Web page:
Public hearings were set last week by state regulators after Clean Line Energy Partners announced its proposed route for construction of a new high-voltage transmission line across northeast Kansas.
The company had three possible routes under consideration for its Grain Belt Express Clean Line earlier this year and filed an application on Monday with the Kansas Corporation Commission to build it along the middle route, which parallels an existing Westar Energy transmission line.
“The major factor (in the decision) was that it parallels existing transmission, which is a very common routing concept,” said Mark Lawlor, Clean Line director of development. “There’s already a linear infrastructure.”
The KCC has 120 days after the application to decide whether to approve the route.
Lawlor said notices had been sent to landowners. The east-west, direct-current line would go through Marshall County, just south of Marysville, and bordering counties on its route on across Missouri and into Illinois and Indiana to deliver 3,500 megawatts of power to eastern urban areas. The 700-mile line is to start in southwest Kansas and receive electricity generated by wind farms in the Ford County area.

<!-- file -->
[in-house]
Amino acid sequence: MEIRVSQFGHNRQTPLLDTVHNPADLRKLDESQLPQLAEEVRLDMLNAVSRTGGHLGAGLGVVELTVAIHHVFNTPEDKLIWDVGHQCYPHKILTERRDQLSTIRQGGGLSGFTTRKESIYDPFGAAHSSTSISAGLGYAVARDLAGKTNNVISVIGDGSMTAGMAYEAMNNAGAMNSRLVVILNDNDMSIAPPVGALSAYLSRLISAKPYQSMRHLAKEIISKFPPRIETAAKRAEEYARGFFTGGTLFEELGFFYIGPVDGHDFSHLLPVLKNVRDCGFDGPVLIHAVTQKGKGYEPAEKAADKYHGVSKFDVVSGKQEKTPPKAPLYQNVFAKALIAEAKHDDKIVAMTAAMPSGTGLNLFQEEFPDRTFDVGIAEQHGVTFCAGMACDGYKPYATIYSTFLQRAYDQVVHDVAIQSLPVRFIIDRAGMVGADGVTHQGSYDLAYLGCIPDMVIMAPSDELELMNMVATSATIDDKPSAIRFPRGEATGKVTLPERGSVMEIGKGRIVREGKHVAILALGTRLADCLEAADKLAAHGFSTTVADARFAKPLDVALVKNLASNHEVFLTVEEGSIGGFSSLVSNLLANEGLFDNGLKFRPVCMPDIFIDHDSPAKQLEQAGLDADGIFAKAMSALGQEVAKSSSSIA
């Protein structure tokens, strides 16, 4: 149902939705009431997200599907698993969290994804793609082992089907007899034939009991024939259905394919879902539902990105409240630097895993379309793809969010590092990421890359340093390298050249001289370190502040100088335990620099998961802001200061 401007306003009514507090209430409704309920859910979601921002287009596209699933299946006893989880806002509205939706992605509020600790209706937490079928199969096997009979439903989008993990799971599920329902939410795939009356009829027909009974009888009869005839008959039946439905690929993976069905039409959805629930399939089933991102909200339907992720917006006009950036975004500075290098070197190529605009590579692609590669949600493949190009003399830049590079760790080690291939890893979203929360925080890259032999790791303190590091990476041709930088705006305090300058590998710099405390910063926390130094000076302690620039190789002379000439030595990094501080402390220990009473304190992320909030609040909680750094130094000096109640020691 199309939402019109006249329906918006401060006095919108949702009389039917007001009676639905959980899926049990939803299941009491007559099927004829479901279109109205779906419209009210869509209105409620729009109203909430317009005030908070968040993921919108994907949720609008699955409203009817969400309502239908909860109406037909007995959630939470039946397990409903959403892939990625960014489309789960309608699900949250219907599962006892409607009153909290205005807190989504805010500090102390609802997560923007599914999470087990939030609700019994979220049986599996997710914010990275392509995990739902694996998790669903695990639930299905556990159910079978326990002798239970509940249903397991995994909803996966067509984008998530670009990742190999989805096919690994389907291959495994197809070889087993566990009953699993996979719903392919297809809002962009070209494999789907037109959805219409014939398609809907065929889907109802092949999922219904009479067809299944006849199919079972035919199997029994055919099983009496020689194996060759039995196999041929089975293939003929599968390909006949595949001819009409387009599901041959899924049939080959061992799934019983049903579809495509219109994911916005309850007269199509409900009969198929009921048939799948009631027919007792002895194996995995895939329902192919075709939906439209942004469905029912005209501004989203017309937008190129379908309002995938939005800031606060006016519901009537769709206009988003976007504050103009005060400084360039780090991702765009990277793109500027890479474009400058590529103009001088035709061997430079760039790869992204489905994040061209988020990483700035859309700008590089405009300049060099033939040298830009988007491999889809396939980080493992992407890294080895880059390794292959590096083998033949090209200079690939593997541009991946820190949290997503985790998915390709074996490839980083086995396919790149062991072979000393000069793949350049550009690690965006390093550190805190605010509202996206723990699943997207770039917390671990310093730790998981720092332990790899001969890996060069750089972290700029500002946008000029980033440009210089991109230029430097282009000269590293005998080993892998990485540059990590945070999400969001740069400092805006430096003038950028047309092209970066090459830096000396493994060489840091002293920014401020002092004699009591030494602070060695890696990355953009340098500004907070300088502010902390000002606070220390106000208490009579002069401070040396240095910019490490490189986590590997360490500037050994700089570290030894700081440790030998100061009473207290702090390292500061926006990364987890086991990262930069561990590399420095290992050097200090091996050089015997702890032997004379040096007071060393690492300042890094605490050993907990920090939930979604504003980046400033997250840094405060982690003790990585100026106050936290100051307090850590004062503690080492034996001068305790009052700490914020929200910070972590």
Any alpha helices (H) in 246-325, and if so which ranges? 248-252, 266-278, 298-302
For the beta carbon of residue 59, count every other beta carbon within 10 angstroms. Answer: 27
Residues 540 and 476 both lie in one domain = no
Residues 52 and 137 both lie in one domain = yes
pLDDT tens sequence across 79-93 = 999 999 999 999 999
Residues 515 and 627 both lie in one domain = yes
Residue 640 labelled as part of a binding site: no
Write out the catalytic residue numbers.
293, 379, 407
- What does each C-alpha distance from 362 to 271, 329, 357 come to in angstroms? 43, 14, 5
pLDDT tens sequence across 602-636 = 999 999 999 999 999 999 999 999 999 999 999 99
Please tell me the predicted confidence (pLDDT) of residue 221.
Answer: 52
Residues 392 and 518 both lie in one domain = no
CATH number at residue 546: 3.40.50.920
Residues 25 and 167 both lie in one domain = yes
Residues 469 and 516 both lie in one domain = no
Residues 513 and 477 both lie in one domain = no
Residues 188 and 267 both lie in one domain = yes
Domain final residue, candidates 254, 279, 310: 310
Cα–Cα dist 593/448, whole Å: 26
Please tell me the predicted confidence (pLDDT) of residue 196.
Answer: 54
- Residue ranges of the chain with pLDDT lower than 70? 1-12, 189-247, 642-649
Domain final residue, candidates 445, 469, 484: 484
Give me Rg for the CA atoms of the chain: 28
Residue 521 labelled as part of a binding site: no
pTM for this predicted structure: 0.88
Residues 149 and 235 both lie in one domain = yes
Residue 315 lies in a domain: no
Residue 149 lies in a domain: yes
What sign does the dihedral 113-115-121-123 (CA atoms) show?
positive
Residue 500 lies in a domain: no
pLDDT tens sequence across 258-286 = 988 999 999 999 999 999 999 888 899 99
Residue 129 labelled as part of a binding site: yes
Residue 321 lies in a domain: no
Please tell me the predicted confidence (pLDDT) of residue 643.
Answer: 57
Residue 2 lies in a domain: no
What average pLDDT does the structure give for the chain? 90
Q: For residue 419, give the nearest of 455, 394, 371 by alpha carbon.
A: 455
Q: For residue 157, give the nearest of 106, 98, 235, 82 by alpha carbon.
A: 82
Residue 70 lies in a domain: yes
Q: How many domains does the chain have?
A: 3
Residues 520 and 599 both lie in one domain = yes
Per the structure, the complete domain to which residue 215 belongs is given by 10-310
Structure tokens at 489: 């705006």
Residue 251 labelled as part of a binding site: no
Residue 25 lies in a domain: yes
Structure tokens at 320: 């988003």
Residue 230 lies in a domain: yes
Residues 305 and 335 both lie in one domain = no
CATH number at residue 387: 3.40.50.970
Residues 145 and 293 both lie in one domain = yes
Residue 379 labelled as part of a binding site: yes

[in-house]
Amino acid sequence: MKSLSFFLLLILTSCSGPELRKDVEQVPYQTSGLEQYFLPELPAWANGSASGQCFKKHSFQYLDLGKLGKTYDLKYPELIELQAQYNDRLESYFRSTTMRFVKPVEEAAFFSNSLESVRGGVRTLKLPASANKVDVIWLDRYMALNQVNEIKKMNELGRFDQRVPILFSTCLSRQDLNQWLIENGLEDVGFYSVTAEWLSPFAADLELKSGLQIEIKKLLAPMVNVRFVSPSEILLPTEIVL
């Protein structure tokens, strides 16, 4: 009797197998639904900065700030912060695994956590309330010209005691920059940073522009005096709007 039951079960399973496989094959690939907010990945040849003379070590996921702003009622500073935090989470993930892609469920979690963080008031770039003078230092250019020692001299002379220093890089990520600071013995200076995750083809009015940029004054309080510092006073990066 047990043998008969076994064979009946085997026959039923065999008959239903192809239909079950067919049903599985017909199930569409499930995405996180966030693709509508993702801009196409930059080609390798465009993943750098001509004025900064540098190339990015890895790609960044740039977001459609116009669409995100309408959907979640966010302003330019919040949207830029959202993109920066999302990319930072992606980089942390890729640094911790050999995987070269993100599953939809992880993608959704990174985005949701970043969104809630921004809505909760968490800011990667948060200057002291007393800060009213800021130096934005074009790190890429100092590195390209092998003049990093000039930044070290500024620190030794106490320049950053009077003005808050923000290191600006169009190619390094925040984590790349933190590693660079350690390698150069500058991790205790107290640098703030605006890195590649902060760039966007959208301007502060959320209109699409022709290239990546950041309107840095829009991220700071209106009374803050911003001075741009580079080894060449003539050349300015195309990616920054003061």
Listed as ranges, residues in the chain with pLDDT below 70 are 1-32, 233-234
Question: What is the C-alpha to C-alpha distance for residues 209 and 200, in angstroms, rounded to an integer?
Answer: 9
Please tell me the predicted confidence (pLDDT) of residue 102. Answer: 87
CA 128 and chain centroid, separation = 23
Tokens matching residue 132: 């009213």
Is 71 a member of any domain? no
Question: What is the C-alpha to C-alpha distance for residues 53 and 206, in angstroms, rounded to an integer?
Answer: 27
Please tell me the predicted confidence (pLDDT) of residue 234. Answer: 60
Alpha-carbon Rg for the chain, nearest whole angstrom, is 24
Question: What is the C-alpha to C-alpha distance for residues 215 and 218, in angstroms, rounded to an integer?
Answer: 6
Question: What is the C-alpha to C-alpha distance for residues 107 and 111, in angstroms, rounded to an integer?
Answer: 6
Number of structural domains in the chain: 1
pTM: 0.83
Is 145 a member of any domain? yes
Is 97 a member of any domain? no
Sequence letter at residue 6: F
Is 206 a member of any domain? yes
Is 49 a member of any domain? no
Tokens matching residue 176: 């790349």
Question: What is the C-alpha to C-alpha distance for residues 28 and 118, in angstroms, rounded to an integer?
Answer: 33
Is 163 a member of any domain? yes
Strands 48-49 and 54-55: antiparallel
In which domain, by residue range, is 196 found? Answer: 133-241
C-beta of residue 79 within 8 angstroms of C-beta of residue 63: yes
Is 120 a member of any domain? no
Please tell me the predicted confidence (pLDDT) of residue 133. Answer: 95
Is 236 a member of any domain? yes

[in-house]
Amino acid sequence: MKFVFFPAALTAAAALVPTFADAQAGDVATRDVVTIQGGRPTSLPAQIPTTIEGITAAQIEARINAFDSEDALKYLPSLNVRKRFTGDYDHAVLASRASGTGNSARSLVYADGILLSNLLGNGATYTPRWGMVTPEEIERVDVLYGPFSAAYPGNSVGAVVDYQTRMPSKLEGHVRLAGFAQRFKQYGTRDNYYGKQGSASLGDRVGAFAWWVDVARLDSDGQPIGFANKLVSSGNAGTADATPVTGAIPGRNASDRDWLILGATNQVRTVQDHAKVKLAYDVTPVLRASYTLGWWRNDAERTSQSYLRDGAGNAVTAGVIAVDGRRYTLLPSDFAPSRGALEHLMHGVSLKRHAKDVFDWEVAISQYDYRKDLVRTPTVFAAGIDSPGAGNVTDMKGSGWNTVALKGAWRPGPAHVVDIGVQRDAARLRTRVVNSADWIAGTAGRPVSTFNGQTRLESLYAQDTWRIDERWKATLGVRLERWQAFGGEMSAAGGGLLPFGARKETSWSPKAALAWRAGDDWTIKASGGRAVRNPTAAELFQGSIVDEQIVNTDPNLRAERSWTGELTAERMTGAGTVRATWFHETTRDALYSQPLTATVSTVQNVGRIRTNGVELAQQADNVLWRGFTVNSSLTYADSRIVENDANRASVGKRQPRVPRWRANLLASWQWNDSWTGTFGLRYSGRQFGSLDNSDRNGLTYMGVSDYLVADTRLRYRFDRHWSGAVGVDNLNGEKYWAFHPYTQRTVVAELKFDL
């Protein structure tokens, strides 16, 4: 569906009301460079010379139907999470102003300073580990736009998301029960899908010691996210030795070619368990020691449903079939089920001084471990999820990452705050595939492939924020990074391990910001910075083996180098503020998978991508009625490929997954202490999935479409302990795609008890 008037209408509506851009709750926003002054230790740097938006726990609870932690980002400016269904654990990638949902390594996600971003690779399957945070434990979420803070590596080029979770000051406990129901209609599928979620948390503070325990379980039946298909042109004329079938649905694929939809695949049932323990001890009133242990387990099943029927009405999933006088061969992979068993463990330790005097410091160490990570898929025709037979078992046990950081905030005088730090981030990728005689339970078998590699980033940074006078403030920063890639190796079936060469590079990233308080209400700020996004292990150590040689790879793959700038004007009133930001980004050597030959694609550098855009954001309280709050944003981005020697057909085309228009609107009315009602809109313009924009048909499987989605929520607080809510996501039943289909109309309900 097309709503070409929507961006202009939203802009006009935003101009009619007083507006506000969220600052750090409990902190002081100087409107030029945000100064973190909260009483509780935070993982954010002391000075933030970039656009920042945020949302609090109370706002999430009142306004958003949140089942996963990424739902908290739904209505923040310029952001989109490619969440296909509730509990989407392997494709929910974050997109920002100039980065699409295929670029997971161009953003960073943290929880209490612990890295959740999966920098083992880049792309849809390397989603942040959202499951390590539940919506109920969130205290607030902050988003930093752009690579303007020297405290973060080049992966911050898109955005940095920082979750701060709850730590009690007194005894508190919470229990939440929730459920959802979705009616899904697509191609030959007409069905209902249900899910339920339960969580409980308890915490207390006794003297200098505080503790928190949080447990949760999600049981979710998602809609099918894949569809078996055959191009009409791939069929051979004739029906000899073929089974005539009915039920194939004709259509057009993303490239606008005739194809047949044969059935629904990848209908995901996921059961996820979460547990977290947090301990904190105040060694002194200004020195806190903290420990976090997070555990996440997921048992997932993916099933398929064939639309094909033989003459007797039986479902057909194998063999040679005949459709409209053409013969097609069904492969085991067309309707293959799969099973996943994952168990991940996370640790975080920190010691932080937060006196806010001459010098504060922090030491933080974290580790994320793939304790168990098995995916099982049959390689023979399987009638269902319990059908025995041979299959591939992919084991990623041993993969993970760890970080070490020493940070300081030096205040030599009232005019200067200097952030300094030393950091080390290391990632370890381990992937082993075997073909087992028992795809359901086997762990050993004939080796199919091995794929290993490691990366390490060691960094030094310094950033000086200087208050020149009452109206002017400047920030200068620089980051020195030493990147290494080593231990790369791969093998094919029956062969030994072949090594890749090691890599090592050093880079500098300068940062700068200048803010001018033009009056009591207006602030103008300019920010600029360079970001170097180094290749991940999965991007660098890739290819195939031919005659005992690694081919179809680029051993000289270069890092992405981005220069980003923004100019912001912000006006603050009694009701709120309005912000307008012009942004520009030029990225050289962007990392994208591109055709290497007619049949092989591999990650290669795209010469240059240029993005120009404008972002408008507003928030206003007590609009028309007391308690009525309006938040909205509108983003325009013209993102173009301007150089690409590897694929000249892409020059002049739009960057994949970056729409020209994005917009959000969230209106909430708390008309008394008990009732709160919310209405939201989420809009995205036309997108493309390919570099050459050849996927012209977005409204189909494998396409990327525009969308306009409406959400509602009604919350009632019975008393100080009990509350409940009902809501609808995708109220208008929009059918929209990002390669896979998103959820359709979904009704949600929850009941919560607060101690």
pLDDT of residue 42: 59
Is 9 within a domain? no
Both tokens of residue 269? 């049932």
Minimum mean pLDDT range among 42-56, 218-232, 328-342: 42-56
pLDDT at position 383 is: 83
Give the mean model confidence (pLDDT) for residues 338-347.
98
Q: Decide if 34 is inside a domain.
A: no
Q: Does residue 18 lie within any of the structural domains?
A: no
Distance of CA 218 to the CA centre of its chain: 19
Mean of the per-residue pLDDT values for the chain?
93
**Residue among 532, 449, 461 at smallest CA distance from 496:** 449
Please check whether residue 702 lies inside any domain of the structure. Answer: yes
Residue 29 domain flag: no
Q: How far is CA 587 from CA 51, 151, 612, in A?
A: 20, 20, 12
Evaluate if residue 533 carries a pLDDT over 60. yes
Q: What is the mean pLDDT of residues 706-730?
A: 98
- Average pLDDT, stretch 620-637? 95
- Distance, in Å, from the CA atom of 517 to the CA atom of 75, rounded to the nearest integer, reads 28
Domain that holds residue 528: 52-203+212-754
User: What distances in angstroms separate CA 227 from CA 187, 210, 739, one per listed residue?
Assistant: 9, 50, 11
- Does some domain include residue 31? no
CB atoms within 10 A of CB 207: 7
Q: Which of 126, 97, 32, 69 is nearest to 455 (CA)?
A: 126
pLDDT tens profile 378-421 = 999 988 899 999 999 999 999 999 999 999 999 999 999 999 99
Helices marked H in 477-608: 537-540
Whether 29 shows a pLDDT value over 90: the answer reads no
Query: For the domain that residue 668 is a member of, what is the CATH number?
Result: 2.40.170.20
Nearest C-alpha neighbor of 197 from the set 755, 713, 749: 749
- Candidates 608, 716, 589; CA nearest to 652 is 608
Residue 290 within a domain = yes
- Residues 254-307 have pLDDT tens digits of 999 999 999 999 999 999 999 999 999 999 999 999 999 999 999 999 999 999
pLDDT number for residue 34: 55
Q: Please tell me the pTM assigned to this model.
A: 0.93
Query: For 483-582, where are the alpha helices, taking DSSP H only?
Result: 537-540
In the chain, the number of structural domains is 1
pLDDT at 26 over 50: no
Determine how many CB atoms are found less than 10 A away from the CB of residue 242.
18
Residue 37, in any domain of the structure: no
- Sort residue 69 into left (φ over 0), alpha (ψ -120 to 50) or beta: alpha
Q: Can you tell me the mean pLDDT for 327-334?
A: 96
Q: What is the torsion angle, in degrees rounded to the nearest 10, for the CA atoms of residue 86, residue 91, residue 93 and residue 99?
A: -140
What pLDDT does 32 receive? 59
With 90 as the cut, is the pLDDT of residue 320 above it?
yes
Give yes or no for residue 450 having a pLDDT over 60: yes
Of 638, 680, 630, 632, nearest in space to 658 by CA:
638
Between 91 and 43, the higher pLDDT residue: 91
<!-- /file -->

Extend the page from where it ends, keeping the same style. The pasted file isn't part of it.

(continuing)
An interactive map of the proposed route is at grainbeltexpresscleanline.com.
The KCC is holding a series of four public hearings along the route in August to gather comments on the line and its route before an official decision is made on the proposal.
The first hearing begins at 6 p.m. Aug. 12 in Seneca’s Community Building; a second will be at 6 p.m. Aug. 14 in Beloit; a third will be at 6 p.m. Aug. 20 in Russell; and the final public hearing will be at 6 p.m. Aug. 22 at Kinsley.
The KCC will continue to accept public written comments until 5 p.m. Aug. 28. The agency is also accepting comments from its regulatory staff and intervenors in the agency’s case regarding the proposal. The company’s rebuttal to staff and/or intervenor testimony will be due on Aug. 27, and its response to public hearing and written comments will be due on Sept. 10.
The line has proven controversial in Marshall County, where some landowners are protesting the Houston-based company’s plan. Opponents say it will slice up farmland, reduce land values, affect livestock and human health and make farming more difficult for operators, among other concerns. The company has countered that it will pay landowners for their trouble.
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